Australia take on England in the first match of the series on Wednesday in Nottingham, with the Australians all but written off by many pundits and fans.
Melbourne: Australia must show a bit of "mongrel" and gel as a team if they are to lift the Ashes against England, former captain Steve Waugh said.
Michael Clarke's team face Alastair Cook's side in the first match of the Ashes series on Wednesday in Nottingham, with the Australians all but written off by many pundits and fans.
Australia sacked coach Mickey Arthur a little over two weeks ago, were hammered 4-0 by India in their most recent Test series and have been hindered by outbursts of ill-discipline from members of the squad.
The retirements of world-class batsmen Ricky Ponting and Mike Hussey has left a fragile batting lineup and Waugh said the right attitude under Clarke and new coach Darren Lehmann could prove a critical factor.
"A team will be a reflection of its leader and as such, Clarke needs to be energised without being over the top, focused but also open to improvisation, but above all, controlled and authoritative under pressure," Waugh wrote in News Limited newspapers on Wednesday.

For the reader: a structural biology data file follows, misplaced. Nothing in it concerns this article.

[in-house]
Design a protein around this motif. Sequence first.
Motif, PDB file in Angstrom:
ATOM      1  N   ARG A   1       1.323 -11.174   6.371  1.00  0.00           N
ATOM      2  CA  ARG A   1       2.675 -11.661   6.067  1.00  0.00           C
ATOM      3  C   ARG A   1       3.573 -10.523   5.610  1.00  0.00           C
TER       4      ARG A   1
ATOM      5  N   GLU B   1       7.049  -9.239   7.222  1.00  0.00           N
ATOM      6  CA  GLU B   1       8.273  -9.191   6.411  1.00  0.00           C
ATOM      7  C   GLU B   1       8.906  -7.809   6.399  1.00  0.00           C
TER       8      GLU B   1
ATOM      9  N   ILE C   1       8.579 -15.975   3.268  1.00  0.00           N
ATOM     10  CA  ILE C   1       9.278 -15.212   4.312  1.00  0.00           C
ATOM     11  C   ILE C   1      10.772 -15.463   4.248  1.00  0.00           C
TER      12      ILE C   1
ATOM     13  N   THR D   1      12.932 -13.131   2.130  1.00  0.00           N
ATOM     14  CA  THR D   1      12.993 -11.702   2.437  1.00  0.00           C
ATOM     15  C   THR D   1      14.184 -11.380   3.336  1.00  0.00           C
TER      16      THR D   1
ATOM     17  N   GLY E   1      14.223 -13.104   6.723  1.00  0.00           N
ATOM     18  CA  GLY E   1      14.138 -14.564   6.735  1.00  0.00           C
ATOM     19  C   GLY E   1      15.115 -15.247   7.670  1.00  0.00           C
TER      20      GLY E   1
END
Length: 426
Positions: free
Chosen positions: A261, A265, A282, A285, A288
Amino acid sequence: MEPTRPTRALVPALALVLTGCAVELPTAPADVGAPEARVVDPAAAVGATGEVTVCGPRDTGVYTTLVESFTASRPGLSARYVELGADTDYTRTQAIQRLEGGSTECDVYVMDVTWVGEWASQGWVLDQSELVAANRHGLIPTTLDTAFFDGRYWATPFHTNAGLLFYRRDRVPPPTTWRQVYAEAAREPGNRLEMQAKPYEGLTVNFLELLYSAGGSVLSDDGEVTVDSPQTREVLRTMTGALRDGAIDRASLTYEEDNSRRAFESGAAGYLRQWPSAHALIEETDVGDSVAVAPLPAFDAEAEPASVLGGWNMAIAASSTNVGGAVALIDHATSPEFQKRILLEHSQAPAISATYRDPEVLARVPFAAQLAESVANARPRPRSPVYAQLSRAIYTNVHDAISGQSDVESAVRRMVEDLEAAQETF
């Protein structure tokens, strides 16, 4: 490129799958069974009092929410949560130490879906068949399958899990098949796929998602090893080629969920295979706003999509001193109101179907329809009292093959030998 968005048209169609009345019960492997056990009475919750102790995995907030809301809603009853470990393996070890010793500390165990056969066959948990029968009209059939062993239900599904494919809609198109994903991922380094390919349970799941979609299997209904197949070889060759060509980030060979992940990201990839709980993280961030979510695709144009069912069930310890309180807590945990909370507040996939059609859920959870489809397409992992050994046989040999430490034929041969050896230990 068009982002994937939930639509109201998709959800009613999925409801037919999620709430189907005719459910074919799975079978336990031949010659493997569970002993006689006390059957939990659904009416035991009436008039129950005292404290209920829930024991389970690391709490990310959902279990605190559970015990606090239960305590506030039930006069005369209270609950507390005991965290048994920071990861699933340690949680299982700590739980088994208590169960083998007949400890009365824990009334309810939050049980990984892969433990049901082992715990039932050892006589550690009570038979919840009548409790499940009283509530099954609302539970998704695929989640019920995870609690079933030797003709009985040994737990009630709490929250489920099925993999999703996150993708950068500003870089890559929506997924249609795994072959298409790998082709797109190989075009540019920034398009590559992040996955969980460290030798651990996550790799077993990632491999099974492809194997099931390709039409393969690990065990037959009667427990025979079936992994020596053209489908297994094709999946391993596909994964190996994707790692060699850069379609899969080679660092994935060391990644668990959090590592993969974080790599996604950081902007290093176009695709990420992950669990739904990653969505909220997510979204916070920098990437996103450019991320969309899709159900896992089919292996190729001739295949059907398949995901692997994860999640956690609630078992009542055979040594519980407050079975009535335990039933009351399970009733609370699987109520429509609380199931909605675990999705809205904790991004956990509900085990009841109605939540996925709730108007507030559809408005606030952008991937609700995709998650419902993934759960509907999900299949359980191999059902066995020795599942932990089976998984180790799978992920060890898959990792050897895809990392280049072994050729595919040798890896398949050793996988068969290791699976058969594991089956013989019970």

"What we did well back in 1989, and must be emulated by Clarke's men, is to play the 'Aussie way'.
"This means backing yourself in all situations, attacking rather than retracting, exuding positive body language, hustle when running between the wickets, exhibiting energy in the field and batting and bowling in partnerships.
"They must display an element of 'mongrel' in the play and not back down when confronted," Waugh, added, using the classic Australian term for aggression.
"They must claim the high ground and put their flag well and truly in the turf."
Waugh, who had the fortune of playing alongside all-time greats like Ponting, Shane Warne and Glenn McGrath, won 28 of his 46 Ashes Tests and lost just eight.
He was also a member of the unfancied 1989 side in England, who took the six-match series 4-0, kicking off nearly two decades of dominance over their traditional rivals.
"Back in 1989 we began the series by being labelled the worst touring team ever to contest the Ashes, but what these experts hadn't factored in was the unbreakable team bond that we formed as we journeyed up and down the motorways," he added.
"Each victory gave us strength and belief but the number one factor for all of us was the enjoyment we got from seeing our mates succeed and the notion that the team always came before the individual."